Why you should have an estate plan

Developing an estate plan can uncover issues that could surprise

No one likes to consider the prospect of his or her own demise. We all know such an event will occur, but we like to believe it will happen far in the future. While that may be true, there are varieties of calamities that may occur from traffic accidents to suffering a serious illness. We cannot plan for those events, but we can ensure that we have an estate plan in place before such an event happens.

In addition, it is important to remember why we create estate plans. It is not for us, but for our family and our children. By working through all of the details of an estate plan, and crossing our "t's" and dotting our "i's," we can ensure that our heirs receive the maximum benefit from our lifetime of earning and saving.

Lessen the burden on your family

We also lessen the burden and the complexity of the decisions they will have to make. This will provide a great comfort to them. Your estate plan should include your financial planning and deal with advance healthcare issues. A comprehensive estate plan also prevents confusion and the potential for disputes and hard feelings, which can deteriorate into will contests that benefit no one and waste the assets of the estate.

Developing an estate plan allows us to prevent what could otherwise be unforeseen and unfortunate tax consequences. It also can alert us to matters that could be better taken care of sooner rather than later.

If you will have a substantial estate that could approach the federal estate floor of $5.45 million this year, one strategy to reduce the size of the taxable estate is to gift away some of those assets every year. This can be a good way to transfer wealth to someone tax-free and will help reduce the size of your taxable estate.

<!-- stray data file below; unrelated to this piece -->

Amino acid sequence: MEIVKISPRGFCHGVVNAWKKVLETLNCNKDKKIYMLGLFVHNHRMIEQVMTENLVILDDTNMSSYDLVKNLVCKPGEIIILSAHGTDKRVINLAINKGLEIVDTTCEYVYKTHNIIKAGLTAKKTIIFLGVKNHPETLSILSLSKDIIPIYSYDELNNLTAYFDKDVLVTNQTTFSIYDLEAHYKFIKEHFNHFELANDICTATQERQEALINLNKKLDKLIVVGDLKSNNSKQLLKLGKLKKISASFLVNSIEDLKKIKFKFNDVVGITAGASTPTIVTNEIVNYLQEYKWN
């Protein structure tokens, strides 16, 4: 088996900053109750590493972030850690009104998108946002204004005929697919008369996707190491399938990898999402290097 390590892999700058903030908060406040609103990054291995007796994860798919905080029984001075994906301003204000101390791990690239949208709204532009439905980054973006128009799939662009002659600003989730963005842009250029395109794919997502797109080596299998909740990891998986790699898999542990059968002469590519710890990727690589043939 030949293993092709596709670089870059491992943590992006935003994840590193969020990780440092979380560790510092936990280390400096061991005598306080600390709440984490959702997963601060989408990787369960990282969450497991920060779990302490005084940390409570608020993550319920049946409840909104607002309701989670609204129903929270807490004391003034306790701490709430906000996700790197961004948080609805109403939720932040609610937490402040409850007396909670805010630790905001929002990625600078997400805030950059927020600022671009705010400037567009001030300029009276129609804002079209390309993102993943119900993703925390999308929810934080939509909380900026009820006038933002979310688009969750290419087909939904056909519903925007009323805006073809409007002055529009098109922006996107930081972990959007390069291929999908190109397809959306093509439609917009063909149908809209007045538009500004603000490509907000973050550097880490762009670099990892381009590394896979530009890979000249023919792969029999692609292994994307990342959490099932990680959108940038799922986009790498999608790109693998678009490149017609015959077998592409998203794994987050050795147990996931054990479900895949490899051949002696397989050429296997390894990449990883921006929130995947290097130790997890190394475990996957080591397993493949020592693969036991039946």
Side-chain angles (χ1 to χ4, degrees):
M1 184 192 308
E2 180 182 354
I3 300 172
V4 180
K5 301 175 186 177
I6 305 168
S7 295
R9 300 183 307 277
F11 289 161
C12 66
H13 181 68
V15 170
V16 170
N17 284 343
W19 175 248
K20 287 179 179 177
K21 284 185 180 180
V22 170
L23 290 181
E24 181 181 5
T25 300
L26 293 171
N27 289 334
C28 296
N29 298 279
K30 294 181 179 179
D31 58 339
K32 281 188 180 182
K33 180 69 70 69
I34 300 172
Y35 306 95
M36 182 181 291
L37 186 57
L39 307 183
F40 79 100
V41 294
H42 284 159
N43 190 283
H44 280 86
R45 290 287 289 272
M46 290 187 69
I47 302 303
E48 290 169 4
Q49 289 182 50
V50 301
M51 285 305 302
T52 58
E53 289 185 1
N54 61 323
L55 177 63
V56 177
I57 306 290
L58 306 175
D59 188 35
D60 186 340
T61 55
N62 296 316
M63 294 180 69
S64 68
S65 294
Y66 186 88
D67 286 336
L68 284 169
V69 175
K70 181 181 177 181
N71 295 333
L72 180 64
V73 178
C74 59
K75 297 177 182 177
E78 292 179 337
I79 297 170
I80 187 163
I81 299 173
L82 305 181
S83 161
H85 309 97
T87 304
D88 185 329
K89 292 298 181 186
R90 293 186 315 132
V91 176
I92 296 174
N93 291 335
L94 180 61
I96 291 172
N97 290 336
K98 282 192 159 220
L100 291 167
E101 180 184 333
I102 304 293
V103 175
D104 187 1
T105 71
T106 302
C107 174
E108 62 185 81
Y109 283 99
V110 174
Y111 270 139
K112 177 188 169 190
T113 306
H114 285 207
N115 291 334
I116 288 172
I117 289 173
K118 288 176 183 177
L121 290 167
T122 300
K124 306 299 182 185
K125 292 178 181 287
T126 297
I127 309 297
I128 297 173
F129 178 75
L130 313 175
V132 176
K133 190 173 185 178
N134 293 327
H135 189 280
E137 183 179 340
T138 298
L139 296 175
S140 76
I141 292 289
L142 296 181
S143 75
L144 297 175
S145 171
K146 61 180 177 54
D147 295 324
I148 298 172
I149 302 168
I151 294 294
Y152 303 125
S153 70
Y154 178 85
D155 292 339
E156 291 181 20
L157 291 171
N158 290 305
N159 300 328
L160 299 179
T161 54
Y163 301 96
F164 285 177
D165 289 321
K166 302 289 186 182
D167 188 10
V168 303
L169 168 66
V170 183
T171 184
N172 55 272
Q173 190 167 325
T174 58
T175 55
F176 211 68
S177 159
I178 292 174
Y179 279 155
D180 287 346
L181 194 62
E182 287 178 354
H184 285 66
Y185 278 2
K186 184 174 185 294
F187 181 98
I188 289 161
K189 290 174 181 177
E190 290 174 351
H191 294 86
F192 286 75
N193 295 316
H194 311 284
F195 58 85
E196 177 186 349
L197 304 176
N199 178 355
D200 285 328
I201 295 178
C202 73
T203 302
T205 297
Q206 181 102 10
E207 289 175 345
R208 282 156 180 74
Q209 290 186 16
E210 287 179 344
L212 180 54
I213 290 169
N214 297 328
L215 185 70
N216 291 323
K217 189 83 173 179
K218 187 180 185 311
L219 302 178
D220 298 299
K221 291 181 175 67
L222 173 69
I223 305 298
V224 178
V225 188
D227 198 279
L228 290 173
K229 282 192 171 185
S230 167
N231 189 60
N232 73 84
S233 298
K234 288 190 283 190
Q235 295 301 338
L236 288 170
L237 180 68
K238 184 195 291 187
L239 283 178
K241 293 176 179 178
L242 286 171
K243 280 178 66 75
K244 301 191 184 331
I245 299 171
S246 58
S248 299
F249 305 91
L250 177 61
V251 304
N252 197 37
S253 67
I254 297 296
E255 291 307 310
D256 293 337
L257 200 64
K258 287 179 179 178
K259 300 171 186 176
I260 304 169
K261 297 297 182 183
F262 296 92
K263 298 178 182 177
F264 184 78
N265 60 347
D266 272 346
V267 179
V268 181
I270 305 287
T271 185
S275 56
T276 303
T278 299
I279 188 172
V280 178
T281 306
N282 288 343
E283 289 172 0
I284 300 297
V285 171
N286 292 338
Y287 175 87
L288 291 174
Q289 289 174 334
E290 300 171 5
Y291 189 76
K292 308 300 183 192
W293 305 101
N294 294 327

Trusts and Roth IRAs

Trusts are very flexible legal instruments and they can be used for a variety of purposes, from reducing your taxable estate, because the trust and not you owns the assets of the trust to protecting your children. They can be especially useful if a child has special needs and will require lifetime care. A special needs trust can be created to ensure that they have the assets they need.

You also may need to convert some savings instruments that will have taxable distributions, such as a 401(k), into a Roth IRA, which has tax-free distributions. This may be necessary if you have sizeable 401(k) savings and those accounts will produce sufficient income that you may not receive any benefit of the typical lower tax bracket many experience in retirement.

The most important element of an estate plan is beginning one. Once created, it both provides clarity as to savings or investing strategies your need to undertake and when properly designed, allows the flexibility you may need as your situation evolves.